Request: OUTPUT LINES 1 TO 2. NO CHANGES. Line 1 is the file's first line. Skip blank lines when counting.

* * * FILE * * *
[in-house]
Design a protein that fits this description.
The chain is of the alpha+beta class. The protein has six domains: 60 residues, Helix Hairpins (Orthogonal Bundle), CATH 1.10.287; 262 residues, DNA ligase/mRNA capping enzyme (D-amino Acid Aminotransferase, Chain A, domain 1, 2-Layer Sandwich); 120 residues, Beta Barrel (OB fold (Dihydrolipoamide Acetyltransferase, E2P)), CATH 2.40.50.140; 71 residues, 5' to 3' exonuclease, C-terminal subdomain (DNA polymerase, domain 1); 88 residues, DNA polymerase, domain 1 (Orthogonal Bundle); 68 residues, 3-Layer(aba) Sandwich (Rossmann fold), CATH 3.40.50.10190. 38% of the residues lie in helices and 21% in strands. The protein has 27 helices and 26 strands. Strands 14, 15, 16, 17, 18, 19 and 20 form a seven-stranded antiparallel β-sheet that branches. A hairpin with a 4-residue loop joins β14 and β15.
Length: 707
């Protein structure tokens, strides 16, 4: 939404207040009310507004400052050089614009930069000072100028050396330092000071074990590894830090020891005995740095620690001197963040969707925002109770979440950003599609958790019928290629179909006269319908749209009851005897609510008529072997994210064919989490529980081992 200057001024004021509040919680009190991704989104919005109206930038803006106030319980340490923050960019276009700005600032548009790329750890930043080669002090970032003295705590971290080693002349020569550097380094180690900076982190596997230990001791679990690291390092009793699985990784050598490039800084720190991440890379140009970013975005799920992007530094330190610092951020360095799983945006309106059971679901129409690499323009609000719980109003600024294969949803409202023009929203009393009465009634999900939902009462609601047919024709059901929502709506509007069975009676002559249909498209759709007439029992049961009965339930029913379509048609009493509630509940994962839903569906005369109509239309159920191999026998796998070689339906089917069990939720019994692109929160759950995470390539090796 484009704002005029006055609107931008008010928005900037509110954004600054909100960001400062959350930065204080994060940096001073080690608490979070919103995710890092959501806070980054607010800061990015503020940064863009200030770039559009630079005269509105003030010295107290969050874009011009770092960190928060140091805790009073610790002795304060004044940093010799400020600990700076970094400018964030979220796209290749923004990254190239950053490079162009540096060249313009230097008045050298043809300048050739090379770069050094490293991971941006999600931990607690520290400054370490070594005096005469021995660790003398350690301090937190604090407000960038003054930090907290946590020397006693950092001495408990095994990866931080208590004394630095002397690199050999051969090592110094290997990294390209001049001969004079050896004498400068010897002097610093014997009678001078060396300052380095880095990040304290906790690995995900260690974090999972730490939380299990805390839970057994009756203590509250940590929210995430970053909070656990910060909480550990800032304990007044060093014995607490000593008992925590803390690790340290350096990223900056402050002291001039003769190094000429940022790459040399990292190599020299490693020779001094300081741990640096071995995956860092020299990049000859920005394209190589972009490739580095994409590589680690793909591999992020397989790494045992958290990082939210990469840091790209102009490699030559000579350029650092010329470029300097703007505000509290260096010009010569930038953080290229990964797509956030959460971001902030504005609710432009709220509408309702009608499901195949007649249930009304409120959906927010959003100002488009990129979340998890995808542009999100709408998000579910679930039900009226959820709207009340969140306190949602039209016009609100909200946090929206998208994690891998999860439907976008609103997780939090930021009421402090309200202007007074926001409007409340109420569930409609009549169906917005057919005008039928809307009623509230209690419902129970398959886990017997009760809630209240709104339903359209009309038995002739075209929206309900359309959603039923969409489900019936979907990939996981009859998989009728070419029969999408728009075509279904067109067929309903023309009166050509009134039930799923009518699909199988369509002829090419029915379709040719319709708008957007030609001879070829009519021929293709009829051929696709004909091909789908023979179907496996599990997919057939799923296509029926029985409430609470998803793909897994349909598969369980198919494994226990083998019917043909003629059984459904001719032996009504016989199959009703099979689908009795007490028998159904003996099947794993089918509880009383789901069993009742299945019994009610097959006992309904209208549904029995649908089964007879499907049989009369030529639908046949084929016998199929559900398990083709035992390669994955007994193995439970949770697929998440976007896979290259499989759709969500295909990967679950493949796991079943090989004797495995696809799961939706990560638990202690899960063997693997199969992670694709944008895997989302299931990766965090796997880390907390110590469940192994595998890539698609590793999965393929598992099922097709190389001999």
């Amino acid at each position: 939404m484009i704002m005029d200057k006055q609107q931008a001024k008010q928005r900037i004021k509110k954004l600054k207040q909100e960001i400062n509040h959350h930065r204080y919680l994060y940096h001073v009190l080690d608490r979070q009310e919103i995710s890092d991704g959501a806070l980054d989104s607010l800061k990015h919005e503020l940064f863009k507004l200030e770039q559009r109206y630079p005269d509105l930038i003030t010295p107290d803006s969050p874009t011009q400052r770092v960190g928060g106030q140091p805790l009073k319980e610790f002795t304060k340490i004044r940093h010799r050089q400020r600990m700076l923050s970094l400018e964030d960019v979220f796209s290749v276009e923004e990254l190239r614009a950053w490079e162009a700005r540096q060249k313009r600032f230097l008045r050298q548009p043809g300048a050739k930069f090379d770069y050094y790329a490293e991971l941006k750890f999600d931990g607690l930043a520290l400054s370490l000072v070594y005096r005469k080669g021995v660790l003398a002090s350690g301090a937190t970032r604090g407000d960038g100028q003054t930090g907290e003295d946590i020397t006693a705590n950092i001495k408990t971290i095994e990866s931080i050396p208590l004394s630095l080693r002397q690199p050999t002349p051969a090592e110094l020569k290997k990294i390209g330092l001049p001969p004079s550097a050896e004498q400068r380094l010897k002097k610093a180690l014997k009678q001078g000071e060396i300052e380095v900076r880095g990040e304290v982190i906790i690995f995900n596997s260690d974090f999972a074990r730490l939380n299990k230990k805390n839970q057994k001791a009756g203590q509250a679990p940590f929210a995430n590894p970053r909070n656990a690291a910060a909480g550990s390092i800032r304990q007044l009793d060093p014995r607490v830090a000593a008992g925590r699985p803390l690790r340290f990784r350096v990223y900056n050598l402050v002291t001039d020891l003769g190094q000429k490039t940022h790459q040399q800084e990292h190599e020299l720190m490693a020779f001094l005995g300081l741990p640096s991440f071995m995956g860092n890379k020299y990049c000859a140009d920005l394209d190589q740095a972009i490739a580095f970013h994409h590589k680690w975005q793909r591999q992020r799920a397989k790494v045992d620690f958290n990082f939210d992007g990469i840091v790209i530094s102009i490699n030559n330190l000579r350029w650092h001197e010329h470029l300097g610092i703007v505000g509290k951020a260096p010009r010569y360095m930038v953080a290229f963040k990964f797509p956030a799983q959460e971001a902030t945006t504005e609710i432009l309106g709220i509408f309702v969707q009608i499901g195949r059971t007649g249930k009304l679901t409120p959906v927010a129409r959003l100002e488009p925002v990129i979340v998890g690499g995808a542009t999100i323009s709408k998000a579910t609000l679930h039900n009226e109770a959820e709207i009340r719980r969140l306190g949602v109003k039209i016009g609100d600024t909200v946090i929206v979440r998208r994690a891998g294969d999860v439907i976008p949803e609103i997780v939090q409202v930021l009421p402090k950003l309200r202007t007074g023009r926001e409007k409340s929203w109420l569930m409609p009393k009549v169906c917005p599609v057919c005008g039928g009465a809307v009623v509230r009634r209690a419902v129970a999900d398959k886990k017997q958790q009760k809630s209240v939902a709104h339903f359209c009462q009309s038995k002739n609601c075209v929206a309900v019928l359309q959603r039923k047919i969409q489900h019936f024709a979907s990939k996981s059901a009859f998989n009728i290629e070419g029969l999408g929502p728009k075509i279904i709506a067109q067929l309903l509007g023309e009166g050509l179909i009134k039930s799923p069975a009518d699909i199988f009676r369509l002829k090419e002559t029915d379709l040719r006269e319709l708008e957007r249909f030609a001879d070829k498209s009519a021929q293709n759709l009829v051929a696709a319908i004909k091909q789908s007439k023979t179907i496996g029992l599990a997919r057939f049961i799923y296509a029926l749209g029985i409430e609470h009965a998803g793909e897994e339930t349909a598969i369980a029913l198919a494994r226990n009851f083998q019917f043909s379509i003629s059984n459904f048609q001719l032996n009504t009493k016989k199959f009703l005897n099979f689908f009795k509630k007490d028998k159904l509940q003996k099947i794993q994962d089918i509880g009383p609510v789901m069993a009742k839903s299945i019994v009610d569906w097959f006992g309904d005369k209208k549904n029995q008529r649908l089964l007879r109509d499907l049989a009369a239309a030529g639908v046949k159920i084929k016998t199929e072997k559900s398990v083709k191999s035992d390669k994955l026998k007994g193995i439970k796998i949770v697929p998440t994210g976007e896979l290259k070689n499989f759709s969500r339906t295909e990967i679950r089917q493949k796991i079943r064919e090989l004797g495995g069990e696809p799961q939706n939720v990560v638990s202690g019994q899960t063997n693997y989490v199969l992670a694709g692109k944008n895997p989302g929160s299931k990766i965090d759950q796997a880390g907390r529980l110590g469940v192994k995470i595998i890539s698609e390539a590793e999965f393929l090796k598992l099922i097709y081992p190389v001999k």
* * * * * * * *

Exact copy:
[in-house]
Design a protein that fits this description.